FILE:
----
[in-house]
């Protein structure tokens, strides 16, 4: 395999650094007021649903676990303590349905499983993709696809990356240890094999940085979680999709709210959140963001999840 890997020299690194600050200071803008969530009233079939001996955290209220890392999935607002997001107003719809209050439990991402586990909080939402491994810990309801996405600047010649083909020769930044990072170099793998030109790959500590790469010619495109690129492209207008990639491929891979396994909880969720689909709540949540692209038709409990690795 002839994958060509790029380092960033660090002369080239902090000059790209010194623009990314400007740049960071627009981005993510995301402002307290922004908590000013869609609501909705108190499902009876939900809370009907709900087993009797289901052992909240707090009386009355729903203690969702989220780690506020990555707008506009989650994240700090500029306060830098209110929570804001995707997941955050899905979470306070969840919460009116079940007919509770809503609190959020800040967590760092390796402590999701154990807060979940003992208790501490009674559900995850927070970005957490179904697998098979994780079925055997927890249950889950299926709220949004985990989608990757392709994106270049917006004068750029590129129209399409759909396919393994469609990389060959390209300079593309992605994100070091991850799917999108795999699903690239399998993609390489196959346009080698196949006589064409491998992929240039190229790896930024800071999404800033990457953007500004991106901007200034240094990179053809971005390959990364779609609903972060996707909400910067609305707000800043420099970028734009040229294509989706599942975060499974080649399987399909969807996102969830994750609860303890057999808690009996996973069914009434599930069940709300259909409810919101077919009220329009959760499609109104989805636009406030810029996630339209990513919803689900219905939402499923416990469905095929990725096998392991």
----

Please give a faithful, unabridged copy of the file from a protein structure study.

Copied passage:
[in-house]
């Protein structure tokens, strides 16, 4: 395999650094007021649903676990303590349905499983993709696809990356240890094999940085979680999709709210959140963001999840 890997020299690194600050200071803008969530009233079939001996955290209220890392999935607002997001107003719809209050439990991402586990909080939402491994810990309801996405600047010649083909020769930044990072170099793998030109790959500590790469010619495109690129492209207008990639491929891979396994909880969720689909709540949540692209038709409990690795 002839994958060509790029380092960033660090002369080239902090000059790209010194623009990314400007740049960071627009981005993510995301402002307290922004908590000013869609609501909705108190499902009876939900809370009907709900087993009797289901052992909240707090009386009355729903203690969702989220780690506020990555707008506009989650994240700090500029306060830098209110929570804001995707997941955050899905979470306070969840919460009116079940007919509770809503609190959020800040967590760092390796402590999701154990807060979940003992208790501490009674559900995850927070970005957490179904697998098979994780079925055997927890249950889950299926709220949004985990989608990757392709994106270049917006004068750029590129129209399409759909396919393994469609990389060959390209300079593309992605994100070091991850799917999108795999699903690239399998993609390489196959346009080698196949006589064409491998992929240039190229790896930024800071999404800033990457953007500004991106901007200034240094990179053809971005390959990364779609609903972060996707909400910067609305707000800043420099970028734009040229294509989706599942975060499974080649399987399909969807996102969830994750609860303890057999808690009996996973069914009434599930069940709300259909409810919101077919009220329009959760499609109104989805636009406030810029996630339209990513919803689900219905939402499923416990469905095929990725096998392991």